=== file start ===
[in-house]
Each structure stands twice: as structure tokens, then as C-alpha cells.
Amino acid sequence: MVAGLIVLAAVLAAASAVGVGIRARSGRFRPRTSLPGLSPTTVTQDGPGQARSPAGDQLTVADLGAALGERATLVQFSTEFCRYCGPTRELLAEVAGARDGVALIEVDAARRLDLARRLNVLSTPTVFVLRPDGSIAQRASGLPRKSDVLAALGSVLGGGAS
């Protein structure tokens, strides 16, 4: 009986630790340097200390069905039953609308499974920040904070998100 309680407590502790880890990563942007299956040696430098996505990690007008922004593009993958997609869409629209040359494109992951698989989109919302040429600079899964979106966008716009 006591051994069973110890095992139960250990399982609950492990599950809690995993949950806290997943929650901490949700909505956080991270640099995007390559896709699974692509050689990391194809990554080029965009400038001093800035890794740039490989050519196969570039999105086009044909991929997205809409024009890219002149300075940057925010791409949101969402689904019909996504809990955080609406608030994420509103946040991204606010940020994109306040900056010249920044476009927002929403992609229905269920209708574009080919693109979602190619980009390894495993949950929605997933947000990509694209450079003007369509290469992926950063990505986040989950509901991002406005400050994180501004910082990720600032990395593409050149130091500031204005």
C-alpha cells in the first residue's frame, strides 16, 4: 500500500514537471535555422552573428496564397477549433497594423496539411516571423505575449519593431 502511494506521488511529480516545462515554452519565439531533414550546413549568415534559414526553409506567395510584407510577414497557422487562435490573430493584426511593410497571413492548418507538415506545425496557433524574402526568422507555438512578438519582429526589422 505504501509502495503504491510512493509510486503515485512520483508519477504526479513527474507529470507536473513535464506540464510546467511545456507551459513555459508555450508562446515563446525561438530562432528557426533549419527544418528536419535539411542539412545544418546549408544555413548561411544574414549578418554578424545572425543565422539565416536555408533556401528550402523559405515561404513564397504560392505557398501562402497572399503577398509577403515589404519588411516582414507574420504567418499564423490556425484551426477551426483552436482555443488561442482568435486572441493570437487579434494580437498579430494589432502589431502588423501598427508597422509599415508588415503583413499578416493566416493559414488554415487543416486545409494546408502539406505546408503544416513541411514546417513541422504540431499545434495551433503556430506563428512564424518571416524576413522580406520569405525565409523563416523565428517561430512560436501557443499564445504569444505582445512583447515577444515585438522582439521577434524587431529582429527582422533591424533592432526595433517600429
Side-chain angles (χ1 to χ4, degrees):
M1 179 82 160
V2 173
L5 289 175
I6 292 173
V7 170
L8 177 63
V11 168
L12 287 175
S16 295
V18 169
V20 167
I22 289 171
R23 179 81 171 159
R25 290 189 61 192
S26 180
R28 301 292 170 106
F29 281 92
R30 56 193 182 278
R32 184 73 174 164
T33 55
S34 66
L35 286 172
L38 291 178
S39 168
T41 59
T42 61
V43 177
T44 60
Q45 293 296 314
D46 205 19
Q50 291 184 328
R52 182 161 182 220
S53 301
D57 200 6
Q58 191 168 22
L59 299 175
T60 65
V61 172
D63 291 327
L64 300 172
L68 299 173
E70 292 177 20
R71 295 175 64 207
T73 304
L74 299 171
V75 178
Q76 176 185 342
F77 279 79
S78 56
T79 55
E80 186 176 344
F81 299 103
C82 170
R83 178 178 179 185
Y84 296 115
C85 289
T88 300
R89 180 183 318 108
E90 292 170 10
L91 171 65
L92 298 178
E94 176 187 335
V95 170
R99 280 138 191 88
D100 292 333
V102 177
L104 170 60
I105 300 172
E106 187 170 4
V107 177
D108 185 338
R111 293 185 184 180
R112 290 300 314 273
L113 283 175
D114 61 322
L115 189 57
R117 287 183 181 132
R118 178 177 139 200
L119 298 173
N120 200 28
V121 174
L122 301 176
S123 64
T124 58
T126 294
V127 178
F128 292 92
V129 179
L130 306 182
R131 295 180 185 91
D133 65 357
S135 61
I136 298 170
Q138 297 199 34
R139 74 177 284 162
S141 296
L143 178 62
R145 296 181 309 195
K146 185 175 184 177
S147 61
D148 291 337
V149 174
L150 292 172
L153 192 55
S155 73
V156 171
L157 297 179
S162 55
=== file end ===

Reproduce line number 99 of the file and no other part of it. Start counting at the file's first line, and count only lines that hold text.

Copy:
I136 298 170